The NBA and Turner Sports partnered with NextVR’s video streaming service to deliver the first NBA VR video livestream ever last night, and it was one of the coolest things I’ve ever seen in VR.

Last night marks the opening of the 2015-16 NBA season, and VR enthusiasts were there to watch the Golden State Warriors take on the New Orleans Pelicans exclusively through NextVR’s Samsung Gear VR app.

Much like NextVR’s Democratic debate livestream earlier this month, there were several vantage points available to help queue you into the action, which was broadcast live in 3D 180-degrees to Gear VR headsets, including both Note 4 and S6/S6 Edge devices.

nba next vr

NextVR, a company that has made a commitment to stream professional sports in VR, first captured a virtual reality basketball game when the Warriors took on the Denver Nuggets at Oracle Arena back during the 2013-14 NBA season. The company also later captured highlights from the NBA All-Star Game and State Farm All-Star Saturday Night.

See AlsoNASCAR is NextVR’s Latest Pit Stop for Live VR Video

I sat through the entire 3D 180-degree broadcast, which proved to be smooth and high enough quality to follow the action. We’ve seen that the choice to limit the FOV to 180 degrees is actually a keen decision on NextVR’s part, allowing them to deliver a higher quality forward-facing experience due to standard household bandwidth.

SEE ALSO
NextVR Takes You to the Spectacular Opening Ceremony of 2016 Youth Olympic Games

Considering the size of the basketball court—a space traditionally 94 feet by 50 feet—it made for an exciting way to watch the game from a much more realistic POV than you would get watching it on a traditional monitor. I attribute this to a small-ish playing field and a ball-size big enough to easily recognize given the Gear VR Note’s 1250 x 1440 per-eye resolution (or the S6’s 1280 x 1440 per-eye resolution).

nba nextvr breakdancers

And the cherry on top the cake: people-watching. If you’ve ever been to a live game, you know half of the fun is in observing all the weirdos around you. Halftime break dancers, drum lines and all the trappings of live performances accompanied the broadcast, including a certain cameraman that stole most of the show—all making for a memorable 2 hours; no comparison to the CNN’s recent acerbic political debate.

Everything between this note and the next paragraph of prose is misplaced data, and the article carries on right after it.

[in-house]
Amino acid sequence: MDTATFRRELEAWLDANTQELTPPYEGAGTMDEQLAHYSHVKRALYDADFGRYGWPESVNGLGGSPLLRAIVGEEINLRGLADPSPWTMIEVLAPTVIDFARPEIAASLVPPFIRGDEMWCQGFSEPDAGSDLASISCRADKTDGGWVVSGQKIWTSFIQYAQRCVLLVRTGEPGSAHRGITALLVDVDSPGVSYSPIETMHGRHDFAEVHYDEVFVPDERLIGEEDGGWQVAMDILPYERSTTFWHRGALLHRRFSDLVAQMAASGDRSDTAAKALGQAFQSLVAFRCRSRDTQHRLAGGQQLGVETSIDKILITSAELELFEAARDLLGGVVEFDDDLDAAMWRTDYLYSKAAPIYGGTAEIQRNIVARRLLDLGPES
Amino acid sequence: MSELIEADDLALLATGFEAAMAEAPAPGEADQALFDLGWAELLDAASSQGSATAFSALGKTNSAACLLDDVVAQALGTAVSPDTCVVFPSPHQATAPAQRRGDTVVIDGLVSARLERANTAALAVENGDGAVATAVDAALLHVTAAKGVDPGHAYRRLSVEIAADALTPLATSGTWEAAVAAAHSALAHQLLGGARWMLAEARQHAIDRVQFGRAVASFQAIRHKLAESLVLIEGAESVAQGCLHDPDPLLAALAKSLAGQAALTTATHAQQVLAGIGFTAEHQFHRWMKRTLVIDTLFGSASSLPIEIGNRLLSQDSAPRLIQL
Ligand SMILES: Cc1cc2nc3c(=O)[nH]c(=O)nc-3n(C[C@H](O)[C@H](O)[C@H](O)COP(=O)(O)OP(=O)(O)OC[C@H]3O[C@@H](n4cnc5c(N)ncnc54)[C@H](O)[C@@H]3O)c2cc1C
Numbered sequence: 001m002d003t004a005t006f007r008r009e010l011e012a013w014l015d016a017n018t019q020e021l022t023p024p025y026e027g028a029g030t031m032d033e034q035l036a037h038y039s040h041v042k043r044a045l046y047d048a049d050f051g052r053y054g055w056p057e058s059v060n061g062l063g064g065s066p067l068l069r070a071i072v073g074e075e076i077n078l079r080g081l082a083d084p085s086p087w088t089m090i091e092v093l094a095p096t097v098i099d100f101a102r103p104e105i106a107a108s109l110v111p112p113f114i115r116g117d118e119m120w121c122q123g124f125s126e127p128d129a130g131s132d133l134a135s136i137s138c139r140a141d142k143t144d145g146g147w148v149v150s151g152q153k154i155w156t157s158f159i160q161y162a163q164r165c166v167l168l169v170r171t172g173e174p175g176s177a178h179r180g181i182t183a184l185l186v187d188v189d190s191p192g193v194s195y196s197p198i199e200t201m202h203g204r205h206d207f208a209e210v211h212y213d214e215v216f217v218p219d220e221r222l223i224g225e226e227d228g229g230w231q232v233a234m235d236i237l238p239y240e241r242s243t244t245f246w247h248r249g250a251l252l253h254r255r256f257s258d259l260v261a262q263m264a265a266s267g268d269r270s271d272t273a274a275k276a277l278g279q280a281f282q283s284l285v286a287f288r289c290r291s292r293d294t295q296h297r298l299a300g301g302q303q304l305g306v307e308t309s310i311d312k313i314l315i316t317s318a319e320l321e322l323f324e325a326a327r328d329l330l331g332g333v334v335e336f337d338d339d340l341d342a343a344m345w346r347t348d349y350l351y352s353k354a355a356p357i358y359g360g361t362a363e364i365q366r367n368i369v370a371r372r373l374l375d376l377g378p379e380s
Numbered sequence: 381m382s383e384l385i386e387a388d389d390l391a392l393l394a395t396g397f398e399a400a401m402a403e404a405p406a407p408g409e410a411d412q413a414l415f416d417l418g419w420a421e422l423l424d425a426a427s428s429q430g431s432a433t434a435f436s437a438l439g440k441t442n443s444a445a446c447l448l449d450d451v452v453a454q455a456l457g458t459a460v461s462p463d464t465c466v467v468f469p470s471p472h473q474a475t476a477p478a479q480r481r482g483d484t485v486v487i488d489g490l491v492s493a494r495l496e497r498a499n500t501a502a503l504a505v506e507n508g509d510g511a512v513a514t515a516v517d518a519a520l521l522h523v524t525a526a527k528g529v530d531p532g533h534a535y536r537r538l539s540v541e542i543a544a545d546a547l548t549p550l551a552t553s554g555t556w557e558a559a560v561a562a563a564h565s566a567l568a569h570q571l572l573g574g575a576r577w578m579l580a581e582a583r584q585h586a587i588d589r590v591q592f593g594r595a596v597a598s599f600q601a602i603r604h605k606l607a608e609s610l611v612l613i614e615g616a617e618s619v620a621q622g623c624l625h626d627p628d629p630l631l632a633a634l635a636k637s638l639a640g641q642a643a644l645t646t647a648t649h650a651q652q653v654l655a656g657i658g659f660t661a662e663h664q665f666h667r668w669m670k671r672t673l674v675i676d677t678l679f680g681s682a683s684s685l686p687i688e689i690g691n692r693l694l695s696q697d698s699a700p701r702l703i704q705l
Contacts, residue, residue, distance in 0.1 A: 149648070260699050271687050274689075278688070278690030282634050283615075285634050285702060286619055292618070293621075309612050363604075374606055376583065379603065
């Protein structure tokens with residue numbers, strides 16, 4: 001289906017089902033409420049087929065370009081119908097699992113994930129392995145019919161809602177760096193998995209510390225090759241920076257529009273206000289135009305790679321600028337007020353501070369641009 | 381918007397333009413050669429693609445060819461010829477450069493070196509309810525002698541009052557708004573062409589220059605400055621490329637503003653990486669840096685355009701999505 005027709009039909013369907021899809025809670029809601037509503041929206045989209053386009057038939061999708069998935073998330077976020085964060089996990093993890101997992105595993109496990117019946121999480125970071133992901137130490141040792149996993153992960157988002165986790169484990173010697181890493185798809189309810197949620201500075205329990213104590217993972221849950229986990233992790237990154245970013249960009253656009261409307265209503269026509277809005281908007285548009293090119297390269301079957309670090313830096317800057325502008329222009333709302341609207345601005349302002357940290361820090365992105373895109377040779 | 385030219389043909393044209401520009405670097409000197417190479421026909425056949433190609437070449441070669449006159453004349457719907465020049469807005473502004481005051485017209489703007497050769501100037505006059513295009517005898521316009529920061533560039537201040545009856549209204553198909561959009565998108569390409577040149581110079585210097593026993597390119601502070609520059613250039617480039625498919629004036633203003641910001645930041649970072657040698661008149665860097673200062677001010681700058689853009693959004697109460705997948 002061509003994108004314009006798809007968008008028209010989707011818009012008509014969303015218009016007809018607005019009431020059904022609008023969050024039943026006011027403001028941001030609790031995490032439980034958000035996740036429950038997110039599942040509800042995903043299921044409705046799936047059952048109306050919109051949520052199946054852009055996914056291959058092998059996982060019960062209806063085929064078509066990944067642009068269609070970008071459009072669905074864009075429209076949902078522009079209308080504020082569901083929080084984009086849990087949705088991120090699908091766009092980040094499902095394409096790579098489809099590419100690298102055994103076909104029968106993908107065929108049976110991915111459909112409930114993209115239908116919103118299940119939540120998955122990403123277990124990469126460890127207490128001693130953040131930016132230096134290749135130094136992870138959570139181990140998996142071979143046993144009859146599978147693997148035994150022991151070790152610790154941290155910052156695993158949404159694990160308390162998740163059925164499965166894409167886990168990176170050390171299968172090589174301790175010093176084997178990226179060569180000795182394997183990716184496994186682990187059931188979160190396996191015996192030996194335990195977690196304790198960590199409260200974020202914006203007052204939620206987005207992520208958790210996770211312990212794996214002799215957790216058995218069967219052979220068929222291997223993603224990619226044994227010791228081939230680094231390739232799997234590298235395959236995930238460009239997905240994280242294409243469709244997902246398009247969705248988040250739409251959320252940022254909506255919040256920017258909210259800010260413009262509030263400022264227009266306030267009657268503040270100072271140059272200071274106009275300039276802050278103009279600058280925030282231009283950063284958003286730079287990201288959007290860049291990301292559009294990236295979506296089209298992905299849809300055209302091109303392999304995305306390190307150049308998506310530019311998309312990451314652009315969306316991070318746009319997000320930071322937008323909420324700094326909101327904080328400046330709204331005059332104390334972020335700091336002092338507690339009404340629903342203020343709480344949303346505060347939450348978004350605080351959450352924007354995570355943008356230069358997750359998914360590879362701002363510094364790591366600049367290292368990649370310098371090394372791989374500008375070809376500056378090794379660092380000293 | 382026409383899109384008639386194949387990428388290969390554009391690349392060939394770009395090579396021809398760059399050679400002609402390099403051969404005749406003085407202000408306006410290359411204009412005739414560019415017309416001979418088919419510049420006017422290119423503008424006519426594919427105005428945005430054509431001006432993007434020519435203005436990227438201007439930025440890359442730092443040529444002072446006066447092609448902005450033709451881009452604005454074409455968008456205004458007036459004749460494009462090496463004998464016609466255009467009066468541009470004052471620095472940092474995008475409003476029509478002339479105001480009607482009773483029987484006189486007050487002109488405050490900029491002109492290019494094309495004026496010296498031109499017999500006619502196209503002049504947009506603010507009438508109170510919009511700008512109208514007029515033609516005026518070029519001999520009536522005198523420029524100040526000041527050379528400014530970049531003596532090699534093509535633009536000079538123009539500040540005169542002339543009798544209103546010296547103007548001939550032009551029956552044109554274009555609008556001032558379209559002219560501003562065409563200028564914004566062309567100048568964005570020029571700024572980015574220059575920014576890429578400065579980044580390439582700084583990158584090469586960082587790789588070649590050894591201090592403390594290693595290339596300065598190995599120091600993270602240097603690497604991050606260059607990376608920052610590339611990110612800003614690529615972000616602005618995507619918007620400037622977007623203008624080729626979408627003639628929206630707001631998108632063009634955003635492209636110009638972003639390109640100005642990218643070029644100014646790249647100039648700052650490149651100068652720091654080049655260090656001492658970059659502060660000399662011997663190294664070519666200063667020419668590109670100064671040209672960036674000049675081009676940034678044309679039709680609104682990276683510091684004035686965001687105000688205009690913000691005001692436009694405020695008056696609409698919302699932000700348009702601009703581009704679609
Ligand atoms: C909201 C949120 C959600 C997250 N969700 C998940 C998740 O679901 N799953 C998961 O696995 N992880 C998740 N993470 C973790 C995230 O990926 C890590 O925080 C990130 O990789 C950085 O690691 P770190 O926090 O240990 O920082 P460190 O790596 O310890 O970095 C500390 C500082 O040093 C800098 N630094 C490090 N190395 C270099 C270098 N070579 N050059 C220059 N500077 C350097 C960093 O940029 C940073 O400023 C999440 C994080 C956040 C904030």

nba nextvr cameramanAnd in the end, I can’t profess that I’m the most avid NBA fan, but with a solid background of years of drunken collegiate March Madness behind me, I can say with certainty that NextVR truly captured the closest experience I’ve ever had of watching a live basketball game in VR.

This article may contain affiliate links. If you click an affiliate link and buy a product we may receive a small commission which helps support the publication. See here for more information.

  • anthonyjonesdavid

    Going in, I wasnt expecting to like it too much. The NBA had realeased content on the Gear VR and I hadnt been impressed. But this was much better. I loved it, and cant wait till the resolution is 1080p-ish and the option for commentary acompanies the broadcast. I did have several freezes throughout the game, and there was nowhere to see the score or player stats. But for a first live-stream NBA game it was awesome!

  • vrgamerdude

    This has reaffirmed my belief that in the near future VR will replace traditional forms of broadcasting! I captured a small bit of video for my YouTube channel if anyone reading this is interested in seeing what it was like. █-)
    https://www.youtube.com/watch?v=IN6dGWDzh7A

    • kalqlate

      “…VR is about to change all that. For the first time, we are going to be able to go anywhere we want, do anything we want! I-I-I, This-this is great! This changes everything!”

      Absolutely! Thanks for sharing!

      Over the next couple of years, VR telepresence will prove itself to be the killer VR app as it will be embedded in all types of applications, particularly chat apps. Affordable 360 VR capture for the masses provided by devices like Bubl and Kodak Pixpro SP360-4K will help to make it so.

  • kalqlate

    “We’ve seen that the choice to limit the FOV to 180 degrees is actually a keen decision on NextVR’s part, allowing them to deliver a higher quality forward-facing experience due to standard household bandwidth.”

    Currently then, they are streaming the full 180 degree video to all viewers and letting the headset extract out the portion that is limited to the FOV of the device, centered on the viewers gaze.

    Streaming as much as 180 degrees is great as it allows quick head movements from side to side, but they could also provide a “higher-res” mode in which the viewer is instructed to move their gaze more slowly. This would provide time for the back end servers to extract up to 120 degrees FOV from the full 180 (or potentially 360) in high-res, centered on where an individual is gazing. Being that 120 degrees is greater than the current limit of most VR HMDs, the headset would be continually supplied with enough spare FOV that slow side to side movements would give the viewer an uninterrupted, high-res experience. Switching between modes could be done with a fast held tilt or other method.